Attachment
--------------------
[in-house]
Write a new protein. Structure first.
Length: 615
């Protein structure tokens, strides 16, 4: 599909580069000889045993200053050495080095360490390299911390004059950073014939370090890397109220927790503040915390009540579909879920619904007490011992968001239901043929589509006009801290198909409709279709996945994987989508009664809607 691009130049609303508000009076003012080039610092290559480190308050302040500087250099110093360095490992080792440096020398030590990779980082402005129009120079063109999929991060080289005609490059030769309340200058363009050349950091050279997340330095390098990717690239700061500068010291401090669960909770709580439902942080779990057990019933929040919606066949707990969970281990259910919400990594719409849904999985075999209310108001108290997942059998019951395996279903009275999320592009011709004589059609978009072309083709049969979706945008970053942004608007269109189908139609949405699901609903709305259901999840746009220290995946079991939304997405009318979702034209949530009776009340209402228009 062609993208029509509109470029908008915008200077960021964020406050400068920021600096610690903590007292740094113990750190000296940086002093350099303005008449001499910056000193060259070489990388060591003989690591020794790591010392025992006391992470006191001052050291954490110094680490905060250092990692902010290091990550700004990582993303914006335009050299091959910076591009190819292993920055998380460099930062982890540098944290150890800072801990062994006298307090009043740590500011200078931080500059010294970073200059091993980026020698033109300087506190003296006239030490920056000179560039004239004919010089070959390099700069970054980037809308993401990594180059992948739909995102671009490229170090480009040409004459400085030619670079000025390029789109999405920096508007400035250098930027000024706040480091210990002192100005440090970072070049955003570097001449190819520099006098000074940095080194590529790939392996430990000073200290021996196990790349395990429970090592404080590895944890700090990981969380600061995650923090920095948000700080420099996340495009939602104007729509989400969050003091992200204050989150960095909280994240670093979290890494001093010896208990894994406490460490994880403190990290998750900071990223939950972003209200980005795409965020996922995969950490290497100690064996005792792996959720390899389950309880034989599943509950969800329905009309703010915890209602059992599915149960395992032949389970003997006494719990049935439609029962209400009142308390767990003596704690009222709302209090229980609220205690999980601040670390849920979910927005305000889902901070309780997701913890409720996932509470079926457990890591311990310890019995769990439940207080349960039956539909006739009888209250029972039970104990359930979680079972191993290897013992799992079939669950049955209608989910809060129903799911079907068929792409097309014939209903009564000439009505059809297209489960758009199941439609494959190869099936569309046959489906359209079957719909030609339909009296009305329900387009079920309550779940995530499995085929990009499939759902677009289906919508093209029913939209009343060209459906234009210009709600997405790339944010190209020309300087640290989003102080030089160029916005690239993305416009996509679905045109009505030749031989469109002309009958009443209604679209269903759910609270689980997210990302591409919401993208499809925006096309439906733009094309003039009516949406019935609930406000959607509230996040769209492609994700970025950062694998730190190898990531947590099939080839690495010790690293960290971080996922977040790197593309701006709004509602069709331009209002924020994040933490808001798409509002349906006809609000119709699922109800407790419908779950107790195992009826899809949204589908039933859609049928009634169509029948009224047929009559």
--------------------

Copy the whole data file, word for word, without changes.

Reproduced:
[in-house]
Write a new protein. Structure first.
Length: 615
């Protein structure tokens, strides 16, 4: 599909580069000889045993200053050495080095360490390299911390004059950073014939370090890397109220927790503040915390009540579909879920619904007490011992968001239901043929589509006009801290198909409709279709996945994987989508009664809607 691009130049609303508000009076003012080039610092290559480190308050302040500087250099110093360095490992080792440096020398030590990779980082402005129009120079063109999929991060080289005609490059030769309340200058363009050349950091050279997340330095390098990717690239700061500068010291401090669960909770709580439902942080779990057990019933929040919606066949707990969970281990259910919400990594719409849904999985075999209310108001108290997942059998019951395996279903009275999320592009011709004589059609978009072309083709049969979706945008970053942004608007269109189908139609949405699901609903709305259901999840746009220290995946079991939304997405009318979702034209949530009776009340209402228009 062609993208029509509109470029908008915008200077960021964020406050400068920021600096610690903590007292740094113990750190000296940086002093350099303005008449001499910056000193060259070489990388060591003989690591020794790591010392025992006391992470006191001052050291954490110094680490905060250092990692902010290091990550700004990582993303914006335009050299091959910076591009190819292993920055998380460099930062982890540098944290150890800072801990062994006298307090009043740590500011200078931080500059010294970073200059091993980026020698033109300087506190003296006239030490920056000179560039004239004919010089070959390099700069970054980037809308993401990594180059992948739909995102671009490229170090480009040409004459400085030619670079000025390029789109999405920096508007400035250098930027000024706040480091210990002192100005440090970072070049955003570097001449190819520099006098000074940095080194590529790939392996430990000073200290021996196990790349395990429970090592404080590895944890700090990981969380600061995650923090920095948000700080420099996340495009939602104007729509989400969050003091992200204050989150960095909280994240670093979290890494001093010896208990894994406490460490994880403190990290998750900071990223939950972003209200980005795409965020996922995969950490290497100690064996005792792996959720390899389950309880034989599943509950969800329905009309703010915890209602059992599915149960395992032949389970003997006494719990049935439609029962209400009142308390767990003596704690009222709302209090229980609220205690999980601040670390849920979910927005305000889902901070309780997701913890409720996932509470079926457990890591311990310890019995769990439940207080349960039956539909006739009888209250029972039970104990359930979680079972191993290897013992799992079939669950049955209608989910809060129903799911079907068929792409097309014939209903009564000439009505059809297209489960758009199941439609494959190869099936569309046959489906359209079957719909030609339909009296009305329900387009079920309550779940995530499995085929990009499939759902677009289906919508093209029913939209009343060209459906234009210009709600997405790339944010190209020309300087640290989003102080030089160029916005690239993305416009996509679905045109009505030749031989469109002309009958009443209604679209269903759910609270689980997210990302591409919401993208499809925006096309439906733009094309003039009516949406019935609930406000959607509230996040769209492609994700970025950062694998730190190898990531947590099939080839690495010790690293960290971080996922977040790197593309701006709004509602069709331009209002924020994040933490808001798409509002349906006809609000119709699922109800407790419908779950107790195992009826899809949204589908039933859609049928009634169509029948009224047929009559």